The Battle on the Home Front: The Jonathan Gadsden Story
Since Operations Iraqi Freedom and Enduring Freedom began, many American servicemen and women have been infected with antibiotic-resistant bacteria.¹ While our men and women in uniform increasingly survive severe wounds sustained in combat, their injuries leave them susceptible to life-threatening, hard-to-treat infections. Marine Lance Corporal Jonathan Gadsden's story reflects the growing need for new antibiotics that can treat these dangerous diseases, against which most drugs are useless.
Twenty-year-old Marine Lance Corporal Jonathan Gadsden was seriously wounded on August 21, 2004, after a homemade bomb exploded under his Humvee in Anbar Province, Iraq.²
Cpl. Gadsden was treated on the scene by combat medics and then airlifted to a military hospital in a former health care facility in Baghdad. Surgeons repaired wounds to his cranium, removed his spleen, and administered powerful antibiotics to ward off potential infections. Once stable, Cpl. Gadsden was transferred to an American military hospital in Germany and then to the National Naval Medical Center in Maryland, where he tested positive for a variety of pathogens, including Acinetobacter baumannii, Staphylococcus, Pseudomonas, Klebsiella, and Enterobacter — most of which are commonly multidrug-resistant.
By September, he seemed to be on the road to recovery. Cpl. Gadsden was able to breathe without a ventilator and move about with a walker. When he was transferred to the James A. Haley Veterans' Hospital in Florida, his new doctors told his mother, Zeada Gadsden, that her son might be able to return home to South Carolina by the end of October.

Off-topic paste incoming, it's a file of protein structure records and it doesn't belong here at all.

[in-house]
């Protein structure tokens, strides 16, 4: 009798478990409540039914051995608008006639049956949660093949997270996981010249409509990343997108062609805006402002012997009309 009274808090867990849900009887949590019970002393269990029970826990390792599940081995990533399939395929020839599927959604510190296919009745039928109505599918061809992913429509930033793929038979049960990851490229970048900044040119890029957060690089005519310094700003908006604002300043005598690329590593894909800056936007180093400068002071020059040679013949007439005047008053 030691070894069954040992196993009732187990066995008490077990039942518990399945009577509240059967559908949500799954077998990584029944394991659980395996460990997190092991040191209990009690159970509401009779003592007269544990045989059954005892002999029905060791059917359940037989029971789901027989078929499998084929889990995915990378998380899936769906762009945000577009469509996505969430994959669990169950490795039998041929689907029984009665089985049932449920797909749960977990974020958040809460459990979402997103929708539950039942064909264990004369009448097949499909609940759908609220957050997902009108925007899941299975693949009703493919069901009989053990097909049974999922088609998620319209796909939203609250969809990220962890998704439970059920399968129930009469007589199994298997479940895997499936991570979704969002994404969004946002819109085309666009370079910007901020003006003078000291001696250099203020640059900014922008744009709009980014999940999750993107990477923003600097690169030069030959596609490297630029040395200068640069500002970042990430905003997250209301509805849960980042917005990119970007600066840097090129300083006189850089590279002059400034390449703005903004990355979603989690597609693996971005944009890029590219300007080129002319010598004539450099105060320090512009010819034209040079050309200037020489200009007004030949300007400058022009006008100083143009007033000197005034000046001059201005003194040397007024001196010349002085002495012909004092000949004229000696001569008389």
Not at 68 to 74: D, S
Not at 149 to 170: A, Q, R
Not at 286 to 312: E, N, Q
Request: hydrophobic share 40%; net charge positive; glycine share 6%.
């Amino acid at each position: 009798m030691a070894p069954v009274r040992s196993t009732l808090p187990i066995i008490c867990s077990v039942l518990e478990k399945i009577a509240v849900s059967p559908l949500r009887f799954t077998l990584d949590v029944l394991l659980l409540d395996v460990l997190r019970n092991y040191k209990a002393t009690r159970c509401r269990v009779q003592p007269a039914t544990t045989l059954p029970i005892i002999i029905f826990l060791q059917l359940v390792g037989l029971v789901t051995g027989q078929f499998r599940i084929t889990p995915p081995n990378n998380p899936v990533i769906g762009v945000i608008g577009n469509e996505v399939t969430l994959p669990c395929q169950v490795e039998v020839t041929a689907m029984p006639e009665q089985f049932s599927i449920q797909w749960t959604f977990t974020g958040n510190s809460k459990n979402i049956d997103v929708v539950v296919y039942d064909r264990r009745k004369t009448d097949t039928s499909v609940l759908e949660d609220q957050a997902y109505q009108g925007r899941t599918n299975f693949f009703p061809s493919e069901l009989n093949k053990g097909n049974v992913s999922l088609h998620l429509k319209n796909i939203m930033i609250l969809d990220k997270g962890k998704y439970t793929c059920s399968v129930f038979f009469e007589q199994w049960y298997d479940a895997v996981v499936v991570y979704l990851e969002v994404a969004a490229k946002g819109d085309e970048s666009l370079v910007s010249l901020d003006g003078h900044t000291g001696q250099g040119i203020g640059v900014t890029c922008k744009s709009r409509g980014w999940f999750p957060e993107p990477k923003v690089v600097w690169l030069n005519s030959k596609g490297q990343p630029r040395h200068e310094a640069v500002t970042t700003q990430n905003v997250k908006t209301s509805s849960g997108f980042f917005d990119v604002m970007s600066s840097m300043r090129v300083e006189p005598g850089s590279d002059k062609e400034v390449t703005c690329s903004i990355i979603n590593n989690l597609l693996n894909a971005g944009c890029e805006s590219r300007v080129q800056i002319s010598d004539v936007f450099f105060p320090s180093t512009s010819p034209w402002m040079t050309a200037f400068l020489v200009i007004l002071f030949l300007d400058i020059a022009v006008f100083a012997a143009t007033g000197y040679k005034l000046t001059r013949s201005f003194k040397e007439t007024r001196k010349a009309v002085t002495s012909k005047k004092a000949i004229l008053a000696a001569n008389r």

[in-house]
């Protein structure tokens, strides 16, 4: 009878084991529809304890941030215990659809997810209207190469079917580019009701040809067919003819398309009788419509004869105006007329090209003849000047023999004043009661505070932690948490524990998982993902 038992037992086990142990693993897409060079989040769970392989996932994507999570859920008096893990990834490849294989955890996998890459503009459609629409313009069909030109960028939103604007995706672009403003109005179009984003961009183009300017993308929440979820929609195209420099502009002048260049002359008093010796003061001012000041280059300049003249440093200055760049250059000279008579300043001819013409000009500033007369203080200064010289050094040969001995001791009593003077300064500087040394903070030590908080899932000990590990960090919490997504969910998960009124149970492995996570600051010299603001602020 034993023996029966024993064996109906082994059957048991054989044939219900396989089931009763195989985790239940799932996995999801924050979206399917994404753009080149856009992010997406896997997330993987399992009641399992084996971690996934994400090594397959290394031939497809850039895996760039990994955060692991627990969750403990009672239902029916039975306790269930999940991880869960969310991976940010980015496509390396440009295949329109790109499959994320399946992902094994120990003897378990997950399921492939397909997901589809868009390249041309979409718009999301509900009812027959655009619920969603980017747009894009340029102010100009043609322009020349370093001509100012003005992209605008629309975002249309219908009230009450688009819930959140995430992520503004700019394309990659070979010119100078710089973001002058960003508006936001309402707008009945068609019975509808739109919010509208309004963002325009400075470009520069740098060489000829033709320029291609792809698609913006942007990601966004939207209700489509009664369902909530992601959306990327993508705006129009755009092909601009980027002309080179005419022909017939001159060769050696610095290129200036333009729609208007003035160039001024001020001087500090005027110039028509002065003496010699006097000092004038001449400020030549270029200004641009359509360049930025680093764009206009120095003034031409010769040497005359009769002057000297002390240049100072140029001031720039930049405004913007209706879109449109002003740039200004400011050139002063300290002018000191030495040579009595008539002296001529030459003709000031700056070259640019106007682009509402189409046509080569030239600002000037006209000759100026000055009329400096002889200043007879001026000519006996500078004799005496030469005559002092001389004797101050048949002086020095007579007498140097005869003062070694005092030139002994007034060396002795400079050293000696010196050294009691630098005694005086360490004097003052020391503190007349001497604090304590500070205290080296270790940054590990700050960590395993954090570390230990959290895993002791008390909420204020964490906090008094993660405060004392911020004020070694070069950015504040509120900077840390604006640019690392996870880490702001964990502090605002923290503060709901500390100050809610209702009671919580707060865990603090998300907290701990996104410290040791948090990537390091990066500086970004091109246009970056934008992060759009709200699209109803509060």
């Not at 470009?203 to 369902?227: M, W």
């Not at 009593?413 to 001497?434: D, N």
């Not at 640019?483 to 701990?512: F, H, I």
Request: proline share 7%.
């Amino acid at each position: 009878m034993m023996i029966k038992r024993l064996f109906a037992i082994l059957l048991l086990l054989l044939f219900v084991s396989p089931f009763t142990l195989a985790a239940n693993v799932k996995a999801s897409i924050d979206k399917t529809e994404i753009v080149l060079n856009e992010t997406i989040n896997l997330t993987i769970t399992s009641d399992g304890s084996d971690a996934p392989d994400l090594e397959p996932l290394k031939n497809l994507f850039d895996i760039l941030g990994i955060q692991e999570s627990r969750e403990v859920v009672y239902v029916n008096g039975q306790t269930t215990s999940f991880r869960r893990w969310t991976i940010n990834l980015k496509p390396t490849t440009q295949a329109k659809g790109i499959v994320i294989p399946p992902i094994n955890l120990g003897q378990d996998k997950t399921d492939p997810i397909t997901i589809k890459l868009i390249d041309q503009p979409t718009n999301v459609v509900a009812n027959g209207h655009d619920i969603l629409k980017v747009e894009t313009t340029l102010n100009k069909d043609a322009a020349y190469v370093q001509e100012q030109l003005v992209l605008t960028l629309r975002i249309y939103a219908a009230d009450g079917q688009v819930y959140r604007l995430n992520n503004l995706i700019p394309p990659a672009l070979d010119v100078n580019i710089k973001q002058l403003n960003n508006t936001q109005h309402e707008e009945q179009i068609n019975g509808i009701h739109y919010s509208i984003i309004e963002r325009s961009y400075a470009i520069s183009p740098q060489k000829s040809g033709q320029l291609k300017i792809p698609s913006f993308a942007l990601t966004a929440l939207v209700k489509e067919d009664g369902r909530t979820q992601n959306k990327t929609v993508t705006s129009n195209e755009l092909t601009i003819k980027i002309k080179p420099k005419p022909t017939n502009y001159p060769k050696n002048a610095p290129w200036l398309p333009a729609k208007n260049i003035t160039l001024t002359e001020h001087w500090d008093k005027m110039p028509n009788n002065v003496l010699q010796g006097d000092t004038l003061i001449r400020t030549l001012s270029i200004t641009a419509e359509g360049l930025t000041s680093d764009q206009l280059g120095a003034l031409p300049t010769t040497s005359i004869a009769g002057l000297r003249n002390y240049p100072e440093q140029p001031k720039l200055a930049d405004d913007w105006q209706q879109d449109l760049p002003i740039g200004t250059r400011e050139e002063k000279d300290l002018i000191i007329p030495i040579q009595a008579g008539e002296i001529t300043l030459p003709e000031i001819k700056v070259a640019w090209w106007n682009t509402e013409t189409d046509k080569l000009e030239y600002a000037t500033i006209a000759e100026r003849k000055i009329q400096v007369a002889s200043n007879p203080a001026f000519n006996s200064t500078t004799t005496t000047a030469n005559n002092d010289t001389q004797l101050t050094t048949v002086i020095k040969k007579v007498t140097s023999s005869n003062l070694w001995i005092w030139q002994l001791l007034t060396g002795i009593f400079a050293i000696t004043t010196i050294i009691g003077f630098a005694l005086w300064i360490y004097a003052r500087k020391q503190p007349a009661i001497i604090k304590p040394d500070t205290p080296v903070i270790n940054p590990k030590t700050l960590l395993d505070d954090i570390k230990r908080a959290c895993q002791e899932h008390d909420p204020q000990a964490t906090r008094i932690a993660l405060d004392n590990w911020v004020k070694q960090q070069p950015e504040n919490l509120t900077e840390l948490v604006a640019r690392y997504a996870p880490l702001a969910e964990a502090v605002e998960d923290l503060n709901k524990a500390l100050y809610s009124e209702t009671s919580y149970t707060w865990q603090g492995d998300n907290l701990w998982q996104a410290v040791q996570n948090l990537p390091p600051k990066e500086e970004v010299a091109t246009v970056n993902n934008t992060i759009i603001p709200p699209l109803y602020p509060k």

But in early October, after finishing his prescribed course of antibiotics, Cpl. Gadsden began to exhibit symptoms as if an infection was present. When testing showed he had a urinary tract infection, doctors administered more antibiotics. His condition initially improved, but by October 17 he began to deteriorate.
Three days later, he had a seizure and went into cardiac arrest. Even though Cpl. Gadsden was given a number of antibiotics—at least four different classes—they proved insufficient. He died on October 22, 2004.
Cpl. Gadsden's death demonstrates the great and growing threat of infections that are difficult, and sometimes impossible, to treat, complicating the care of our combat-injured military personnel.³
Mrs. Gadsden laments that the doctors ran out of options to treat her son's illness. “If so many guys are suffering from multidrug-resistant infections, then we need to come up with something,” she said.1. C. K. Murray et al., "Infections complicating the care of combat casualties during operations Iraqi Freedom and Enduring Freedom," Journal of Trauma and Acute Care Surgery 71, no. 1 Suppl (2011).2. J. D. Daigh, "Healthcare Inspection: Review of Quality of Care, Department of Veterans Affairs, James A. Haley Medical Center,Tampa, Florida," ed. Department of Veterans Affairs Office of Inspector General (Washington, DC 2005).3. D. R. Hospenthal et al., "Multidrug-resistant bacterial colonization of combat-injured personnel at admission to medical centers after evacuation from Afghanistan and Iraq," Journal of Trauma a nd Acute Care Surgery 71, no. 1 Suppl (2011).